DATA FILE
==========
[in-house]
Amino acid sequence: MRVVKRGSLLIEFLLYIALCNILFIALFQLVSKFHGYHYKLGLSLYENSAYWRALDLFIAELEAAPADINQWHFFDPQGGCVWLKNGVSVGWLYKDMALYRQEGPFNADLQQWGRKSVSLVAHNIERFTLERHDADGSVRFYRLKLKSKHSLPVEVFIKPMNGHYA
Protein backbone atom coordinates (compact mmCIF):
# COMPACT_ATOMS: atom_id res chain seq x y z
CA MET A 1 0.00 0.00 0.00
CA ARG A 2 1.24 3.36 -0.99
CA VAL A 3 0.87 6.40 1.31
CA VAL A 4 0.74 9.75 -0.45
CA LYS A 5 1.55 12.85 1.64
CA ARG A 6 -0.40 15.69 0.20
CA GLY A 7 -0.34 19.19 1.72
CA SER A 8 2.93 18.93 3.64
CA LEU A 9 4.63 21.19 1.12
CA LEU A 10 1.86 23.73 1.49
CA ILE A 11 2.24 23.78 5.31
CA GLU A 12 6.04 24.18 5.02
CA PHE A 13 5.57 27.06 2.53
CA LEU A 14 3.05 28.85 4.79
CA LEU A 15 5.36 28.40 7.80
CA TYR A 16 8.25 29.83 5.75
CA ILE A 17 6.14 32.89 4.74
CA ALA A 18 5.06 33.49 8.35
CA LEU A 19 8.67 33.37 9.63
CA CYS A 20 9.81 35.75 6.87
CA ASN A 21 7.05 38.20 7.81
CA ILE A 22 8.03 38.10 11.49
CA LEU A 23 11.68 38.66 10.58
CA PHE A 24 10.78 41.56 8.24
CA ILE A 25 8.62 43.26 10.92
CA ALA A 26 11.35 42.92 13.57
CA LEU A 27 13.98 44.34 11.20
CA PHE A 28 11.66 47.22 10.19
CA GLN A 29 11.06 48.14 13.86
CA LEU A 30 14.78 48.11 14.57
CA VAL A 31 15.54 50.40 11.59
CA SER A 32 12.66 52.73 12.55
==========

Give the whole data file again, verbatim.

[in-house]
Amino acid sequence: MRVVKRGSLLIEFLLYIALCNILFIALFQLVSKFHGYHYKLGLSLYENSAYWRALDLFIAELEAAPADINQWHFFDPQGGCVWLKNGVSVGWLYKDMALYRQEGPFNADLQQWGRKSVSLVAHNIERFTLERHDADGSVRFYRLKLKSKHSLPVEVFIKPMNGHYA
Protein backbone atom coordinates (compact mmCIF):
# COMPACT_ATOMS: atom_id res chain seq x y z
CA MET A 1 0.00 0.00 0.00
CA ARG A 2 1.24 3.36 -0.99
CA VAL A 3 0.87 6.40 1.31
CA VAL A 4 0.74 9.75 -0.45
CA LYS A 5 1.55 12.85 1.64
CA ARG A 6 -0.40 15.69 0.20
CA GLY A 7 -0.34 19.19 1.72
CA SER A 8 2.93 18.93 3.64
CA LEU A 9 4.63 21.19 1.12
CA LEU A 10 1.86 23.73 1.49
CA ILE A 11 2.24 23.78 5.31
CA GLU A 12 6.04 24.18 5.02
CA PHE A 13 5.57 27.06 2.53
CA LEU A 14 3.05 28.85 4.79
CA LEU A 15 5.36 28.40 7.80
CA TYR A 16 8.25 29.83 5.75
CA ILE A 17 6.14 32.89 4.74
CA ALA A 18 5.06 33.49 8.35
CA LEU A 19 8.67 33.37 9.63
CA CYS A 20 9.81 35.75 6.87
CA ASN A 21 7.05 38.20 7.81
CA ILE A 22 8.03 38.10 11.49
CA LEU A 23 11.68 38.66 10.58
CA PHE A 24 10.78 41.56 8.24
CA ILE A 25 8.62 43.26 10.92
CA ALA A 26 11.35 42.92 13.57
CA LEU A 27 13.98 44.34 11.20
CA PHE A 28 11.66 47.22 10.19
CA GLN A 29 11.06 48.14 13.86
CA LEU A 30 14.78 48.11 14.57
CA VAL A 31 15.54 50.40 11.59
CA SER A 32 12.66 52.73 12.55